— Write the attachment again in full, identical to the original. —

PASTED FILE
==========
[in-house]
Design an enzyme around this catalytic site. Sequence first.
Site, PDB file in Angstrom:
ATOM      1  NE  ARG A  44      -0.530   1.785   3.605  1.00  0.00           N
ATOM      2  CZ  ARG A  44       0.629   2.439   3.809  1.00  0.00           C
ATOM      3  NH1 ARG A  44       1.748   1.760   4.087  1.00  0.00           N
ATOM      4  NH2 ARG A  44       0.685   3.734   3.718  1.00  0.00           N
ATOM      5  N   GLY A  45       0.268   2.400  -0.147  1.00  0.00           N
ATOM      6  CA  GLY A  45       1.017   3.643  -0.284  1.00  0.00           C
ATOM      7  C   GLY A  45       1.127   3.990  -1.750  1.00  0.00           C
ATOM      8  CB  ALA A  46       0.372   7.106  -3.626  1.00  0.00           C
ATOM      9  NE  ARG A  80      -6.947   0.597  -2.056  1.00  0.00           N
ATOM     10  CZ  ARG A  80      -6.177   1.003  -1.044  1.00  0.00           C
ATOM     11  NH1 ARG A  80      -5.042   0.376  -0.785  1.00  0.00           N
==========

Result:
[in-house]
Design an enzyme around this catalytic site. Sequence first.
Site, PDB file in Angstrom:
ATOM      1  NE  ARG A  44      -0.530   1.785   3.605  1.00  0.00           N
ATOM      2  CZ  ARG A  44       0.629   2.439   3.809  1.00  0.00           C
ATOM      3  NH1 ARG A  44       1.748   1.760   4.087  1.00  0.00           N
ATOM      4  NH2 ARG A  44       0.685   3.734   3.718  1.00  0.00           N
ATOM      5  N   GLY A  45       0.268   2.400  -0.147  1.00  0.00           N
ATOM      6  CA  GLY A  45       1.017   3.643  -0.284  1.00  0.00           C
ATOM      7  C   GLY A  45       1.127   3.990  -1.750  1.00  0.00           C
ATOM      8  CB  ALA A  46       0.372   7.106  -3.626  1.00  0.00           C
ATOM      9  NE  ARG A  80      -6.947   0.597  -2.056  1.00  0.00           N
ATOM     10  CZ  ARG A  80      -6.177   1.003  -1.044  1.00  0.00           C
ATOM     11  NH1 ARG A  80      -5.042   0.376  -0.785  1.00  0.00           N